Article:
Thousands of people join the trucking industry every year, and we’ve put together recommendations that will help you avoid some of the most common mistakes new carriers tend to make.
Creating safety-conscious habits early in your trucking career can help you avoid common safety violations. You can start safety-focused practices before you even hit the road by conducting regular vehicle maintenance, familiarizing yourself with weight limits and checking the weather and road conditions before each trip. Once on the road, be sure to adhere to highway safety practices, like following speed limits and using proper signaling, that can prevent putting you and others on the road in danger.
Keep Your Paperwork Organized
There are a lot of things to keep track of as an owner-operator, and making sure everything is organized is important. From fuel purchase receipts and load paperwork to maintenance records and driver qualification files, maintaining proper documentation and organization will lead to better operations overall. Adversely, not keeping organized files can lead to failed DOT inspections, messy and time-consuming fuel tax calculations and even lost income and business. Whether you use Excel spreadsheets, a trucking app like RTS Pro or trucking software, keep your physical and digital documents organized and easy to find so you can access them quickly when you need them.
Take Care of Yourself
Not taking care of your health can have serious implications for you and your career. According to the FMCSA, nearly 350,000 drivers were disqualified in 2021 because they failed their DOT physicals. Things like maintaining a healthy diet, taking necessary medications on time every time and following basic healthcare recommendations like staying hydrated can help keep you healthy on and off the road.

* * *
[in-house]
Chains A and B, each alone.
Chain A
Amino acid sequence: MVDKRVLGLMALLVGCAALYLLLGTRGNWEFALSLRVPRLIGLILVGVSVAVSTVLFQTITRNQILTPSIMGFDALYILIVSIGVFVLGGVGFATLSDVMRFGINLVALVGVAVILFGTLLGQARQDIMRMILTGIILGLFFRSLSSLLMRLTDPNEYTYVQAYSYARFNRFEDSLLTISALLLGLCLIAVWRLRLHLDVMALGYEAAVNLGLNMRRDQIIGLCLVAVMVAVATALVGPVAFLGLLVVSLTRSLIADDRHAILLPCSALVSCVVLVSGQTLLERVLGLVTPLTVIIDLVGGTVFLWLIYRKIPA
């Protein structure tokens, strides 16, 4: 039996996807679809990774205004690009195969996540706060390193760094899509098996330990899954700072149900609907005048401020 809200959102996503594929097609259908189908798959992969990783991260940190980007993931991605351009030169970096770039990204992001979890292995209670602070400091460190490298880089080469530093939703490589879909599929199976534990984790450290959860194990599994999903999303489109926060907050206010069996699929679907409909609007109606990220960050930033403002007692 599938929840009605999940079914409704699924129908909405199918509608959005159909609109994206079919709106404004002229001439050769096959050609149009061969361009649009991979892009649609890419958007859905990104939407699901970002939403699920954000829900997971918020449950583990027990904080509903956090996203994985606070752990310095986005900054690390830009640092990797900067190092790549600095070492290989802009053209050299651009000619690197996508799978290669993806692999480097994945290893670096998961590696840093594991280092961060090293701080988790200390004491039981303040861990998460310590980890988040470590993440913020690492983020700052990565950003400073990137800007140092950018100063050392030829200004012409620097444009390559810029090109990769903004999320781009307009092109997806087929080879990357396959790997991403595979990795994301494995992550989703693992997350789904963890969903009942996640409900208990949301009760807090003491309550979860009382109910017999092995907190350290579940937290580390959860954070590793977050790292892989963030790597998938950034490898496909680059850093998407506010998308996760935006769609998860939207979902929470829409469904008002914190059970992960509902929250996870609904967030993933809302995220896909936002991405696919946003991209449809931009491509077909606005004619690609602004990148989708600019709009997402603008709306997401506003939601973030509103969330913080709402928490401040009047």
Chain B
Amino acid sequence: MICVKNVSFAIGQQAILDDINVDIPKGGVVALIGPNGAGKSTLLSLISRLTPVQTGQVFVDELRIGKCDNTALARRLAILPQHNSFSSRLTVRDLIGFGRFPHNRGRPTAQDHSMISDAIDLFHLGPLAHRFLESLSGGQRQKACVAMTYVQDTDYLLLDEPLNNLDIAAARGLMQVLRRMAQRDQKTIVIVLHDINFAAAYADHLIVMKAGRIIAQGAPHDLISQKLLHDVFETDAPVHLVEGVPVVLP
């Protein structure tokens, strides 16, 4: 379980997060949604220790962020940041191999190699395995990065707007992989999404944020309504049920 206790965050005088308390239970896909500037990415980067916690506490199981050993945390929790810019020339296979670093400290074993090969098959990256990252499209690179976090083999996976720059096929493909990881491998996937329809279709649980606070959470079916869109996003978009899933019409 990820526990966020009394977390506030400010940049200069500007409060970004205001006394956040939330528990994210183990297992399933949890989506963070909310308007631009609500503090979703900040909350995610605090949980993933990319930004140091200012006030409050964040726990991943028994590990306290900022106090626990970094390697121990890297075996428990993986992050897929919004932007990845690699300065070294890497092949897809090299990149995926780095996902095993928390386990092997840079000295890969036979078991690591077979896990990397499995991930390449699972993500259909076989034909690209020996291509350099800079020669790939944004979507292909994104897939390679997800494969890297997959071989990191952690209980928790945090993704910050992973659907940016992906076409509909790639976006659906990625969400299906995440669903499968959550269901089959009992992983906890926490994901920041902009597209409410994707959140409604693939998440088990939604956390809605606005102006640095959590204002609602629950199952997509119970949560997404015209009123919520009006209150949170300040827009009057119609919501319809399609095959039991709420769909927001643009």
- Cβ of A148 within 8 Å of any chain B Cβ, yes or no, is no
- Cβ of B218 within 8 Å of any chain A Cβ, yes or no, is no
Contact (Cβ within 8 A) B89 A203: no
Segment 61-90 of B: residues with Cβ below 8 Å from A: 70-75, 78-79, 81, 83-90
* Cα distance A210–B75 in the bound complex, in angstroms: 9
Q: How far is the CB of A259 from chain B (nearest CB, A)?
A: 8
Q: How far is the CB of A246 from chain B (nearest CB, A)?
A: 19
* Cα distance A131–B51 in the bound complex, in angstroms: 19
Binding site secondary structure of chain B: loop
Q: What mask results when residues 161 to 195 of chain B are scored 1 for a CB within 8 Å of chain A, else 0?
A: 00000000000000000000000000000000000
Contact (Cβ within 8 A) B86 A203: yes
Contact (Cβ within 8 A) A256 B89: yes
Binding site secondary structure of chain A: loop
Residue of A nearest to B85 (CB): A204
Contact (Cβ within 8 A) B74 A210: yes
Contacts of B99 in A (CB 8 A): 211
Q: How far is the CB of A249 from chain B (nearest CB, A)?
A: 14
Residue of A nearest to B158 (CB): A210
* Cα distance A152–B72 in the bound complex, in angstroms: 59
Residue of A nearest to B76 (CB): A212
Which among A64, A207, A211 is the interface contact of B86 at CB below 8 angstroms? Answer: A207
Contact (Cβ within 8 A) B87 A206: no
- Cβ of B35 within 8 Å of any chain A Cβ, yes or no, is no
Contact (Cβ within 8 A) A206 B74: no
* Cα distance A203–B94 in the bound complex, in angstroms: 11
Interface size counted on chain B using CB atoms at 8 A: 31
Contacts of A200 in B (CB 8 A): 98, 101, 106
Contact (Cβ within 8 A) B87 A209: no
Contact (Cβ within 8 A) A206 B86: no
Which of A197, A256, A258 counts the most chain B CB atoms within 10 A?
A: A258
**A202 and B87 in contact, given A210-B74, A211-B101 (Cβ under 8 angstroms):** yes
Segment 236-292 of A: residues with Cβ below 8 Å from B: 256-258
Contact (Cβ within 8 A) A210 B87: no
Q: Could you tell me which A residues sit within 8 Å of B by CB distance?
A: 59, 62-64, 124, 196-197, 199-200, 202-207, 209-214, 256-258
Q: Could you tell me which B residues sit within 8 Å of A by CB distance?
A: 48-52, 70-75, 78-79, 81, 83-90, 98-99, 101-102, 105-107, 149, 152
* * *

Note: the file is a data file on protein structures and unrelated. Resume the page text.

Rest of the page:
Get Enough Sleep
When you neglect your sleep, you put yourself and others at risk. According to the National Highway Traffic Safety Administration, almost 100,000 motor vehicle accidents occur per year because of sleep deprivation, and over 50% of crashes caused by commercial truck drivers are a result of extreme fatigue. Get plenty of sleep, take breaks when needed and remember, being tired while driving puts you and others at risk. A good driver knows their limits, so be sure to take care of yourself and get the rest you need to function properly and operate your truck safely.
Plan When and Where to Fuel Up
Not knowing when and where to fuel up can cost you money. Fuel is heavy, and each gallon weighs roughly six pounds, so avoid any extra charges by fueling up after the weigh station. Where you fuel up is equally important. You can use a trucking app to search along your route for the best deals and discounts on diesel. You can also familiarize yourself with IFTA and utilize fuel planning to take advantage of fuel tax rates across state lines and maximize potential savings.
Be Aware of Your Trailer
Too often, new drivers fail to understand the size and weight of their trailer. It can be easy to misjudge turning space, the distance between you and other vehicles and the clearing height between the top of your trailer and tunnels or bridges. Be sure to take your time, move at a cautious speed, leave space between you and other vehicles and always check your surroundings.
Take Measures to Prevent Cargo Theft
Cargo theft is among the top concerns of truckers everywhere. As a best practice, try to avoid leaving your loaded trailer unattended, whenever possible, and especially in areas of higher cargo theft. Be sure to lock your trailer (e.g., air cuff locks, rear door locks, etc.). If staging or dropping a load is unavoidable, consider also installing landing gear locks. For more tips on preventing cargo theft, read How to Prevent Cargo Theft.